Monday 4th July 2021
It’s great to see the brilliant Moorsbus network of summer weekend bus routes across the North York Moors make a much welcome return after its enforced Covid absence last year.
Running every Saturday and Sunday throughout July, August and September the routes numbered M1 to M8 as well as M31 provide a unique opportunity to access parts of this fascinating National Park otherwise off limits to bus users.
Like DalesBus this only comes about through the hard work of dedicated volunteers who design and plan the routes and timetables, raise much needed funds and request donations to subsidise the routes and commission bus companies to operate them.
A not-for-profit Community Interest Company oversees the formal bits while a Friends of Moorsbus engenders public support.
Operators involved this year are Arriva North East, Reliance and York Pullman. Connections are also available with routes operated by East Yorkshire.
The Moorsbus network covers an area bounded by Guisborough in the north, Dalby Forest and Pickering in the east, Malton in the south and Thirsk and Northallerton in the west.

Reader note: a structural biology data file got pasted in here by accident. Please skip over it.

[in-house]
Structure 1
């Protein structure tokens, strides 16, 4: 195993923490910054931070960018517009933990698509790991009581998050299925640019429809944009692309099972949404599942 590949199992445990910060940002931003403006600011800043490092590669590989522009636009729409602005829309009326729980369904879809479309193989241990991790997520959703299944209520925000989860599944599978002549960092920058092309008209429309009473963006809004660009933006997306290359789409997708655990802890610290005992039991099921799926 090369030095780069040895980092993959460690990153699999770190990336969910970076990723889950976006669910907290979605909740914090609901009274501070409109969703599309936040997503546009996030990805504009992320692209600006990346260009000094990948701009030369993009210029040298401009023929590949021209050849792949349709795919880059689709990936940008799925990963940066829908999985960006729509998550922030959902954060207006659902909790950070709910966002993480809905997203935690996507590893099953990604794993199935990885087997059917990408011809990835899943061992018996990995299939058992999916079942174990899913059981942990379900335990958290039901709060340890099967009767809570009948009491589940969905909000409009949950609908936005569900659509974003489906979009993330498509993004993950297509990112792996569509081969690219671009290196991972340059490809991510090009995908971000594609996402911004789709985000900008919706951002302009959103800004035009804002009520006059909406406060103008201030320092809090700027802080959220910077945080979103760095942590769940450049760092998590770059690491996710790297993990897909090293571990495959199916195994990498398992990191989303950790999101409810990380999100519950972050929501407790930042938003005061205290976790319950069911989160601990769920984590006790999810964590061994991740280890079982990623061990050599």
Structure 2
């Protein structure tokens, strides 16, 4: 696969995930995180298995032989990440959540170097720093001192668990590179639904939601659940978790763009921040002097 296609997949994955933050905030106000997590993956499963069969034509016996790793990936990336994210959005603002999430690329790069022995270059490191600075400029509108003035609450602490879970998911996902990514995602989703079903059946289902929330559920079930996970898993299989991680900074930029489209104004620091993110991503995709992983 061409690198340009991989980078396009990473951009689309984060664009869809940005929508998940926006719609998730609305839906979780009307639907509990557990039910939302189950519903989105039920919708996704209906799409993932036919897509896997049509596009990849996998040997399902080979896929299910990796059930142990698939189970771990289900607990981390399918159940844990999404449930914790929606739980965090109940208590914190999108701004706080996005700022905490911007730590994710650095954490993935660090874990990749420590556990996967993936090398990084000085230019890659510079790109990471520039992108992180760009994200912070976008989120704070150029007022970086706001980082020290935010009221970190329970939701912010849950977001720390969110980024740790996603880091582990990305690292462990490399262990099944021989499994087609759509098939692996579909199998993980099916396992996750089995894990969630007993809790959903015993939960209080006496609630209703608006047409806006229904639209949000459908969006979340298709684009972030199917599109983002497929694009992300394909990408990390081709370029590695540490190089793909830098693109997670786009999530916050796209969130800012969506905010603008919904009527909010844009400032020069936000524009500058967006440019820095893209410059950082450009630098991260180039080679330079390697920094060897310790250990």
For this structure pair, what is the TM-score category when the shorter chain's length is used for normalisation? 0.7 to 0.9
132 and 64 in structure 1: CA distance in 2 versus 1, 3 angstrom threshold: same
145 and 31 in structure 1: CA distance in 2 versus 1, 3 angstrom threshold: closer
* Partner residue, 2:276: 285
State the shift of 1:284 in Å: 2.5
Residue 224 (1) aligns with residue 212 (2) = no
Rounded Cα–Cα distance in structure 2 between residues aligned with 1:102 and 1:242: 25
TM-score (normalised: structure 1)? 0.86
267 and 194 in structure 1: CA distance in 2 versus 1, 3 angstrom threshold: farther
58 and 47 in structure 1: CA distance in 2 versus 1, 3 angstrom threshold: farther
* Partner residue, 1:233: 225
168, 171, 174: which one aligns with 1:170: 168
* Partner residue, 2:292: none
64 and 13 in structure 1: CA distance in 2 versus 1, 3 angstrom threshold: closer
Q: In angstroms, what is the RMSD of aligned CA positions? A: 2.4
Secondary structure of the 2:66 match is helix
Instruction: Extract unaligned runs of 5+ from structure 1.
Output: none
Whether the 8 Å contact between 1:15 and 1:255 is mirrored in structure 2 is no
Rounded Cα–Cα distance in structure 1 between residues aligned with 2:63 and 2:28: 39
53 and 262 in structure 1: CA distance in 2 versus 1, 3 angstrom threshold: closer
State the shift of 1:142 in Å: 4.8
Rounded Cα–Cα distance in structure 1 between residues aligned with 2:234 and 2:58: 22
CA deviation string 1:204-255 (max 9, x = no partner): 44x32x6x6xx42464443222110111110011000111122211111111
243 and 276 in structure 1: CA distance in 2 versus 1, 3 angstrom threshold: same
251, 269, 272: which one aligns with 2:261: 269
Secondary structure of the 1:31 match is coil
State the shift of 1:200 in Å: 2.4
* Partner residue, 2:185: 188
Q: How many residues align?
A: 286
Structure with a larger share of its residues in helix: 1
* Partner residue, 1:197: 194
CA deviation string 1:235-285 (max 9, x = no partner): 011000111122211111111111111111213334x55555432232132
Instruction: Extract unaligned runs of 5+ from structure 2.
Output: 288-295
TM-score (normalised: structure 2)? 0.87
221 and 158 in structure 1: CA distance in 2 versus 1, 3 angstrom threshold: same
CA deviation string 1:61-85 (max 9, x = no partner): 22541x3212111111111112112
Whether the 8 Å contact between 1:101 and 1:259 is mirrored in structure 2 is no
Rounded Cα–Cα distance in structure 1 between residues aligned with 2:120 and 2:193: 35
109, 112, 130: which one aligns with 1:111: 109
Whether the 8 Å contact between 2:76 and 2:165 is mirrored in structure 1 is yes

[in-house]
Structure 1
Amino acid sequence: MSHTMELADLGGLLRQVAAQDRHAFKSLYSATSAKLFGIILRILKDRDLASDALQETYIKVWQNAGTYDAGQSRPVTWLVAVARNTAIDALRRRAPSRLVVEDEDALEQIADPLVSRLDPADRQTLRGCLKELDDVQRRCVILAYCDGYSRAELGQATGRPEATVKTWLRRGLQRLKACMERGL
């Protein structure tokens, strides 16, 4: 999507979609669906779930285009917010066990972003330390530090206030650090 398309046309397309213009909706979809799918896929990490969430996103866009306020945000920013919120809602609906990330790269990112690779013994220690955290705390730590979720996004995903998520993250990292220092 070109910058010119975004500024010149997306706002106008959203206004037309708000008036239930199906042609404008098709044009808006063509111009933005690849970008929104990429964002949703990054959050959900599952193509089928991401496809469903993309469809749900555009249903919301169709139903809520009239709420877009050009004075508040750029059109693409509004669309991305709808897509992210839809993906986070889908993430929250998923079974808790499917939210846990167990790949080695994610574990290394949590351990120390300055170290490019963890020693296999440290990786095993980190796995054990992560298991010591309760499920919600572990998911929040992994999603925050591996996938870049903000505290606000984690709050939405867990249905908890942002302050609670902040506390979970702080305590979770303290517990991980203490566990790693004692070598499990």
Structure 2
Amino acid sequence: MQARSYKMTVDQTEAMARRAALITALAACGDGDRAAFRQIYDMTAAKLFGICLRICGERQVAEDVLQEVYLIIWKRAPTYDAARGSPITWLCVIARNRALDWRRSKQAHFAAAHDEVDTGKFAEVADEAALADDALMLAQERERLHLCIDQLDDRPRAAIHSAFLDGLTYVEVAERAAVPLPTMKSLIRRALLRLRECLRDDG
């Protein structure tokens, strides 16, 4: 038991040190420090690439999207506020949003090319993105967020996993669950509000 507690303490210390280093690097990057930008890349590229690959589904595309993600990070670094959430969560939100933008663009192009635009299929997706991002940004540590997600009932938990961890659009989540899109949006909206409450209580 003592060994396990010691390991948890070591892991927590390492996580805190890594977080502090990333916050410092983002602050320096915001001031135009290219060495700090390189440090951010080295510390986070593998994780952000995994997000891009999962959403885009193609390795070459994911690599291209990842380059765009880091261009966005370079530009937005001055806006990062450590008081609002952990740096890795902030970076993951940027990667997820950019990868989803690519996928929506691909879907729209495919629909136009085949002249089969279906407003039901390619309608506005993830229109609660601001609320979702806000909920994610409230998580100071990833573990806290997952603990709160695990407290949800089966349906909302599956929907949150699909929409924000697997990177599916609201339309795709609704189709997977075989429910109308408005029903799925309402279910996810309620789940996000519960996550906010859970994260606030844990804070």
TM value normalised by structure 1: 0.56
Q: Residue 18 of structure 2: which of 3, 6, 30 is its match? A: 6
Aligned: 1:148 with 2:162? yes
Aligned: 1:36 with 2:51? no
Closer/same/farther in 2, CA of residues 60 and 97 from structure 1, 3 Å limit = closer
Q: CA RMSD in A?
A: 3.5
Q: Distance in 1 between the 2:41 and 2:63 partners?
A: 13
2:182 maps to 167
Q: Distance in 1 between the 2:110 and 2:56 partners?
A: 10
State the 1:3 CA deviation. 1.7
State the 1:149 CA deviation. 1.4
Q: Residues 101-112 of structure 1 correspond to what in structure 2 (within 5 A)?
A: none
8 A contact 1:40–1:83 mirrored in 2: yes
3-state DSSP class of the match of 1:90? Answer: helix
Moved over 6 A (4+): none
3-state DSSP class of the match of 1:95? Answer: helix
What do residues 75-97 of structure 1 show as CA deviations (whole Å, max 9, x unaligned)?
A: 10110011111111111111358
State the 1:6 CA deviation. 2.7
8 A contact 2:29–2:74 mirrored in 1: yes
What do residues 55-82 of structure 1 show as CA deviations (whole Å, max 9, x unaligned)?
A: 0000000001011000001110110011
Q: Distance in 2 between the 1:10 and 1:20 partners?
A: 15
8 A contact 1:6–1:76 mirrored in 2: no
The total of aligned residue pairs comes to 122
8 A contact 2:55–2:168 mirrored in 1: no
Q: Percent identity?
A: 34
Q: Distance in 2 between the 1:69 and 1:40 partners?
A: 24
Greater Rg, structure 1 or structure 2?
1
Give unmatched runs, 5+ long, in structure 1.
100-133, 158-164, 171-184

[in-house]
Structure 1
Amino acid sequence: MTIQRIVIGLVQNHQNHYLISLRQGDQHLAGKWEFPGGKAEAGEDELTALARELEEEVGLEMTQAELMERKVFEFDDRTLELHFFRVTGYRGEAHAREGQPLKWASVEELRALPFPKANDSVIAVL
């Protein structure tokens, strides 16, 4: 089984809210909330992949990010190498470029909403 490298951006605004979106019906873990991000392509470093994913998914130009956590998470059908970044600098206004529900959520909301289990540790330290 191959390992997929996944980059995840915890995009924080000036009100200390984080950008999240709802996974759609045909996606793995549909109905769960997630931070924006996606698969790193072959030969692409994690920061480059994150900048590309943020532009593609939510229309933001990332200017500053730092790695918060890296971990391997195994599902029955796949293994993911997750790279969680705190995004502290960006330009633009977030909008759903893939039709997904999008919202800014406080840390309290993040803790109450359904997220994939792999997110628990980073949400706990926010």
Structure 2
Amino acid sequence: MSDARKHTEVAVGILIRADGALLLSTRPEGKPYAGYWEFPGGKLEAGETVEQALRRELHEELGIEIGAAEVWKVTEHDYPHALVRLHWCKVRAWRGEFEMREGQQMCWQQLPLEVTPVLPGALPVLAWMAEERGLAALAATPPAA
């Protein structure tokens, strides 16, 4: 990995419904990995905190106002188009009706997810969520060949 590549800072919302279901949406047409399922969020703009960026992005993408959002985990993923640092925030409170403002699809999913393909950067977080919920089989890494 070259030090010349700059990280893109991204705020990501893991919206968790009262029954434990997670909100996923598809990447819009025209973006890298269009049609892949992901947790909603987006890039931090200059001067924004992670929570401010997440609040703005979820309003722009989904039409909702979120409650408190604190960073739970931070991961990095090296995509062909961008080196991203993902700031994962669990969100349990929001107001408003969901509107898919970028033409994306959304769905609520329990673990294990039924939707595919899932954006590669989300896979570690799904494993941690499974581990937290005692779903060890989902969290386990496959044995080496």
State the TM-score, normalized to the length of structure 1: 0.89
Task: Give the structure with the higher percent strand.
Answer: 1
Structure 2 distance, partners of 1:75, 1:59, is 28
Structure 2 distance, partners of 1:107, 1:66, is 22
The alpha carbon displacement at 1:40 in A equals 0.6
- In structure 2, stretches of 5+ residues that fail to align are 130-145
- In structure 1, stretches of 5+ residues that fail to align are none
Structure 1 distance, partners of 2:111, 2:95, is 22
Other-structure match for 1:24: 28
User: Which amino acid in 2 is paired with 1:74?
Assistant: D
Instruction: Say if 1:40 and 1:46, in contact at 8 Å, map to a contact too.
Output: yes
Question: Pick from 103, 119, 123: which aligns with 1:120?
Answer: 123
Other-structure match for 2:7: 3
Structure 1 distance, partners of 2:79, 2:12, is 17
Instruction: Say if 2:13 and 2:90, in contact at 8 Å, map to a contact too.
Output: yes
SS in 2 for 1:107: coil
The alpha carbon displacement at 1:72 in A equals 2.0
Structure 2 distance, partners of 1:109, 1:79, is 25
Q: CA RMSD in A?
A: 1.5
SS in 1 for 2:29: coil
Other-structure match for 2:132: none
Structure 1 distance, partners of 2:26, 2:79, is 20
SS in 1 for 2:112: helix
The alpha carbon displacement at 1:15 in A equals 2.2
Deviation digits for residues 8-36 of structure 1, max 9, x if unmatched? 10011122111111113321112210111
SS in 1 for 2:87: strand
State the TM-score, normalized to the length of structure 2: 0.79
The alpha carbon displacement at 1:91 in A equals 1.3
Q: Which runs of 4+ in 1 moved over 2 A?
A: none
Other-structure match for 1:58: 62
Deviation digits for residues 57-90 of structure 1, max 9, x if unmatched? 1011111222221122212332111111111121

What are described as ‘long haul’ journeys connect major towns (eg Darlington, Middlesbrough, Redcar and York) at the beginning and end of the day with buses providing frequent links during the day within the area to popular destinations (eg Helmsley, Stokesley, Hutton-le-Hole and Rosedale Abbey).
Buses also serve the main visitor centre at Danby as well as those at Sutton Bank and Dalby Forest.
Here’s a fantastic explanation of what it’s all about taken from the splendid colourful timetable booklet produced by Moorsbus.
This booklet has all the Moorsbus timetables as well as details of East Yorkshire’s route 128 which operates along the A170 between Pickering, Kirkbymoorside and Helmsley on the southern border and route ME1 linking the Moors with Hull.
The coloured line map diagram showing the routes, particularly the three main north-south routes across the Moors, as featured above (from the Moorsbus website) is also included in the booklet.
In previous years I’ve travelled on route M4 serving Rievaulx Abbey and Sutton Bank to the west as well as route M8 via Blakey and Hutton-le-Hole in the centre a couple of times but the most easterly route via Rosedale Abbey had always eluded me, so I decided to put that gap in my travel experience right on Saturday and headed up to York to welcome the 2021 Moorsbus network on its first day in 2021.
The 07:30 LNER train from Kings Cross was due into York at 09:32 giving a comfortable connection with route M8 departing from outside the station at 09:45. Except the usual unforeseen problems on the East Coast Main Line (signalling issues at Stevenage and a train in front hitting a deer requiring that driver to stop and check his train) meant an actual arrival at 09:42 but knowledge of which door of the train to alight from at York for a quick exit and using the less congested subway under the tracks in the station meant the connection worked fine and it was a relief to see the very smart Reliance bus waiting outside all screened up for route M8 as I jumped on board at 09:44.